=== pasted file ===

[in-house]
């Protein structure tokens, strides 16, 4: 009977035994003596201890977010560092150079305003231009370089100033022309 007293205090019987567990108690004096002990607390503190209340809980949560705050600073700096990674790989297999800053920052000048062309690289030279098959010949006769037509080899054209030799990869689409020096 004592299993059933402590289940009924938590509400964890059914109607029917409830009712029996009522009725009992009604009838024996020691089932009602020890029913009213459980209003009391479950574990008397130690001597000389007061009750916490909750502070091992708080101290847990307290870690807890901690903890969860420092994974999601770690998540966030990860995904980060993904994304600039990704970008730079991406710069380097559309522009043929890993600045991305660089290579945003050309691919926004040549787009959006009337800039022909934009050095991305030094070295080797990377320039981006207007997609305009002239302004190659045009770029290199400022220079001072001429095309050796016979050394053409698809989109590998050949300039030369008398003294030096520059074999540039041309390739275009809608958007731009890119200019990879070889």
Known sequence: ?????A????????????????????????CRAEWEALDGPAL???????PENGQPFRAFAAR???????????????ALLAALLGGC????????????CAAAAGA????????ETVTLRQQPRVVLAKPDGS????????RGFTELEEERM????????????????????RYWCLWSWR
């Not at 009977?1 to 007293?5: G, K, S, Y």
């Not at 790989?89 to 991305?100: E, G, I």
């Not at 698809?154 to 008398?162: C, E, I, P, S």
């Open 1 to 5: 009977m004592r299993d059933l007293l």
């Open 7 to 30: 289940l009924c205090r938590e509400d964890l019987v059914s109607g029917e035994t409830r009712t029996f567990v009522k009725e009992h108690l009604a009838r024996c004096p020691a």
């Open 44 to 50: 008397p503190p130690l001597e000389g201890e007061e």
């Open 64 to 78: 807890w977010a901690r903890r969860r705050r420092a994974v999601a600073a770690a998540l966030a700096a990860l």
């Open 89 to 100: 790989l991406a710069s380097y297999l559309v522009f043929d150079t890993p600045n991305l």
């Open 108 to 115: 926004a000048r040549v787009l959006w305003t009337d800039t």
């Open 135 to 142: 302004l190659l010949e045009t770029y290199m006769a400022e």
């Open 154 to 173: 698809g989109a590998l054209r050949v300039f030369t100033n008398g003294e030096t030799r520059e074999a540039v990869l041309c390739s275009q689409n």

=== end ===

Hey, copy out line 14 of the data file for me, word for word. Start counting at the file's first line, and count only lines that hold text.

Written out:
């Open 154 to 173: 698809g989109a590998l054209r050949v300039f030369t100033n008398g003294e030096t030799r520059e074999a540039v990869l041309c390739s275009q689409n």